Upon the call of this case for trial defendant moved to dismiss it and seven other criminal cases pending against him on the ground that the State had failed to provide him a speedy-trial. Denial of the motion constitutes his first assignment of error.
We note from defendant’s brief that he has abandoned this assignment insofar as it pertains to the case before us but continues to assert the right to have seven other criminal cases pending against him dismissed under G.S. 15-10.
It suffices to say that defendant may not, in this action, assert motions pertaining to other cases. The question whether defendant has been denied a speedy trial should be raised in the case to which it pertains and a hearing conducted to determine the matter. This is neither the time nor the place to debate or decide questions arising in cases not now before us. Defendant’s first assignment of error is overruled.
Defendant’s second and third assignments of error are based on denial of his motions to quash the bill of indictment and in arrest of judgment. He asserts that G.S. 14-52, authorizing the death penalty or life imprisonment as the punishment for burglary in the first degree, violates the cruel and unusual punishment prohibition of the Eighth Amendment to the Federal Constitution and Article I, sections 19 and 27, of the Constitution of North Carolina.
 We have consistently held that a sentence of imprisonment which is within the maximum authorized by statute is not cruel or unusual in a constitutional sense, unless the punishment provisions of the statute itself are unconstitutional. State v. Mitchell, 283 N.C. 462, 196 S.E. 2d 786 (1973); State v. Cradle, 281 N.C. 198, 188 S.E. 2d 296 (1972); State v. Hilton, 271 N.C. 456, 156 S.E. 2d 833 (1967). The federal rule is to like effect. Martin v. United States, 317 F. 2d 753 (9th Cir. 1963). First degree burglary committed prior to 18 January 1973 is punish*267able by life imprisonment. State v. Waddell, 282 N.C. 431, 194 S.E. 2d 19 (1973); State v. Davis, 282 N.C. 107, 191 S.E. 2d 664 (1972); Furman v. Georgia, 408 U.S. 238, 33 L.Ed. 2d 346, 92 S.Ct. 2726 (1972). Thus the judgment pronounced is within the maximum authorized by law. The constitutional question raised by these assignments has already been the subject of conclusive judicial determination. Defendant’s second and third assignments have no merit and are overruled.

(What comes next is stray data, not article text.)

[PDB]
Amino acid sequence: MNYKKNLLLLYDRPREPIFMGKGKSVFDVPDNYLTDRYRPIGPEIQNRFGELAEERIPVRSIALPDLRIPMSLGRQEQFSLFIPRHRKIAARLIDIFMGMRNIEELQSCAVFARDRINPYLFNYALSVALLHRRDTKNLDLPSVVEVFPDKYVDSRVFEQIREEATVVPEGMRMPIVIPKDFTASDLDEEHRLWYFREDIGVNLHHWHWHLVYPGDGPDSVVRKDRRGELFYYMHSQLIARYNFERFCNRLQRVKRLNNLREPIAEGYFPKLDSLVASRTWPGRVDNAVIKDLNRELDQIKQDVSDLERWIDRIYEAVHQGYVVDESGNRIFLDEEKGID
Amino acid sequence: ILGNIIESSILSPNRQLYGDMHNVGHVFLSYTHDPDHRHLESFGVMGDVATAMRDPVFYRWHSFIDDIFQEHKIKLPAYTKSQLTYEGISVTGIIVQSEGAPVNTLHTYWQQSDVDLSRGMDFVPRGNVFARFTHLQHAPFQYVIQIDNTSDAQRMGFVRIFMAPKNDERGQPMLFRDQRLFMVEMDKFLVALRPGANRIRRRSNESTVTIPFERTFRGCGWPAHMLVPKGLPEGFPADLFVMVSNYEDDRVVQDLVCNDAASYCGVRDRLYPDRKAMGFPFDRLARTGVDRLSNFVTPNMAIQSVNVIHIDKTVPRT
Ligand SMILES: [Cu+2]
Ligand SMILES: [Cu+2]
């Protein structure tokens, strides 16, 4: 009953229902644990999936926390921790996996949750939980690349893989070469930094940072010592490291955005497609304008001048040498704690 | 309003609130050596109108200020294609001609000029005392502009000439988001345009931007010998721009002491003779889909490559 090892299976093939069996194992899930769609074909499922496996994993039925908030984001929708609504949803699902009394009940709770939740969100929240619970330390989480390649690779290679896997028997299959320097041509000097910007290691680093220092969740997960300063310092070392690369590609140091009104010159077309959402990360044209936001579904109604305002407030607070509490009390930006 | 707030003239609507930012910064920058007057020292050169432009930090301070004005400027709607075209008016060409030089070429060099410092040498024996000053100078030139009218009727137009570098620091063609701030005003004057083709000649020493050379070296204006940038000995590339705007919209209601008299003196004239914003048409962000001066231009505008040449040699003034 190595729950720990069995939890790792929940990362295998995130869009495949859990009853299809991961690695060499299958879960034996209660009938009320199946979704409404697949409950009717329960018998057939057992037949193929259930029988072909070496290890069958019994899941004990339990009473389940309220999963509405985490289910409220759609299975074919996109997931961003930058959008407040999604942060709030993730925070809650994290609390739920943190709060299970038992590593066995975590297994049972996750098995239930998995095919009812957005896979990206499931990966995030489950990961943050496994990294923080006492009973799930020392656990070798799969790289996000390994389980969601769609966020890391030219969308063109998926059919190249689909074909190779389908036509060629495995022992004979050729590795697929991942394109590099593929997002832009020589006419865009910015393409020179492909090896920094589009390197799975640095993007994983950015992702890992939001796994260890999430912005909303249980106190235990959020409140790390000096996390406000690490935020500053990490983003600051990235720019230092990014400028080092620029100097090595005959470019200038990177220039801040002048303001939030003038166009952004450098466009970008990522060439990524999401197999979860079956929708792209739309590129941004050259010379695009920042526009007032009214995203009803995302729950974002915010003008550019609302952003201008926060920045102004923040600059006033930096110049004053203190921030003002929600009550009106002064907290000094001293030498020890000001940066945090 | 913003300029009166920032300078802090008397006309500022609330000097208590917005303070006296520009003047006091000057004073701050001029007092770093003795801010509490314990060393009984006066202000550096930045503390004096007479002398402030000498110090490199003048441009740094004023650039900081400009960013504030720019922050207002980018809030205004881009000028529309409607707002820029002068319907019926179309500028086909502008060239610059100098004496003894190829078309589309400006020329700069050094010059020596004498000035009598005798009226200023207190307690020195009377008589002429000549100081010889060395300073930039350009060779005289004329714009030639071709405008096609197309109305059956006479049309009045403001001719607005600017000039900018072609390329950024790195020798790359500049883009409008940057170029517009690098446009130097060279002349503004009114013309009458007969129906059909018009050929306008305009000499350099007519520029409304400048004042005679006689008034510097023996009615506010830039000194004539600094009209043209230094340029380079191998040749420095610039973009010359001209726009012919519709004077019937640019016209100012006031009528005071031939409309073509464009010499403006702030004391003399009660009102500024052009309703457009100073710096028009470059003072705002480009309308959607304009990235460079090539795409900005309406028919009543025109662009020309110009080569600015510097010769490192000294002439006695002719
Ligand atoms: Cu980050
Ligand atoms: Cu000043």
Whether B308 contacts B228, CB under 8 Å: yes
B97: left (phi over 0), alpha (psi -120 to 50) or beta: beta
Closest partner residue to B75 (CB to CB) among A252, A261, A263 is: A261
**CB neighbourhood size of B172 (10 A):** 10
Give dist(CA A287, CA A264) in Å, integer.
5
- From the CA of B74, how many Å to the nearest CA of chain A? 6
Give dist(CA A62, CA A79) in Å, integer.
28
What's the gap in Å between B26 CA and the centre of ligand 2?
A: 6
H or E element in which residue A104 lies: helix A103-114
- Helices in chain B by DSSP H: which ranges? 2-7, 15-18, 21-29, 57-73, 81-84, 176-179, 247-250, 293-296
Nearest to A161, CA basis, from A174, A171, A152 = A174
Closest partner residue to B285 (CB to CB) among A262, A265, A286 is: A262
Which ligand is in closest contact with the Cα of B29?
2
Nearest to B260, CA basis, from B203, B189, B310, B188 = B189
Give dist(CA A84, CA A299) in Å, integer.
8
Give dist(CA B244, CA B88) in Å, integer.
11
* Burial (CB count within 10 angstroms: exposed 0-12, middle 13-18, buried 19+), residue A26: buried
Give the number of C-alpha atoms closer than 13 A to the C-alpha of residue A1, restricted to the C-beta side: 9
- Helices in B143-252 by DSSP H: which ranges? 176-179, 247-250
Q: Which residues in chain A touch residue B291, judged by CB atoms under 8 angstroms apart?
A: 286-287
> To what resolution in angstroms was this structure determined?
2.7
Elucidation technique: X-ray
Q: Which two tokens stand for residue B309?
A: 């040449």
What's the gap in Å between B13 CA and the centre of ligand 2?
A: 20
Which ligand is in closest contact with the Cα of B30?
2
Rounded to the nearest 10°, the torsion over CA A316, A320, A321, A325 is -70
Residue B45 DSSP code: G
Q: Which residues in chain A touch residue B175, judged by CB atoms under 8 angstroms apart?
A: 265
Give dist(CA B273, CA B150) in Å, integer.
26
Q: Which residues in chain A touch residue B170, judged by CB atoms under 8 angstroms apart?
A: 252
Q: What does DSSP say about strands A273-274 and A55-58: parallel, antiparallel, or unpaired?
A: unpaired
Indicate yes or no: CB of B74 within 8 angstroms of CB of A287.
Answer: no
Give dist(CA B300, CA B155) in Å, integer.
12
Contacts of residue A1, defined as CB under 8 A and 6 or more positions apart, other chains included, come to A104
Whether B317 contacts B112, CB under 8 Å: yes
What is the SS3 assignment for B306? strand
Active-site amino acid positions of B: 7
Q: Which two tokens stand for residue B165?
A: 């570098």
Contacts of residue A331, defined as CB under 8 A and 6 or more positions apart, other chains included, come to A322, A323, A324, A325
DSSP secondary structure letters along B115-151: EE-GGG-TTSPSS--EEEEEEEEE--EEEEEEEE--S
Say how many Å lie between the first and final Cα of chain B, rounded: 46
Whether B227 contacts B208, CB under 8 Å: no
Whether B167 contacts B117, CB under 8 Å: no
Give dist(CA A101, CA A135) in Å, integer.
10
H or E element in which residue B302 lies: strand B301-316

Defendant’s sixth assignment of error is abandoned under Rule 28, Rules of Practice in the Supreme Court.
 Defendant assigns as error the admission over objection.of testimony of Officer Stubbs relative to comparison of defendant’s fingerprint with the latent print and his opinion based thereon and the admission into evidence of State’s Exhibit 1, on the ground that since the three by five index card containing latent prints taken from the Davis home was lost and not produced at the trial, the State could not establish that the latent print examined by Officer Stubbs and photographed by Officer Adams was, in fact, the latent print lifted from the flowerpot in the Davis home. Hence he contends that the State has failed to establish that the photographs on both sides of the folder marked State’s Exhibit 1 were in fact the photographs made by Officer Adams.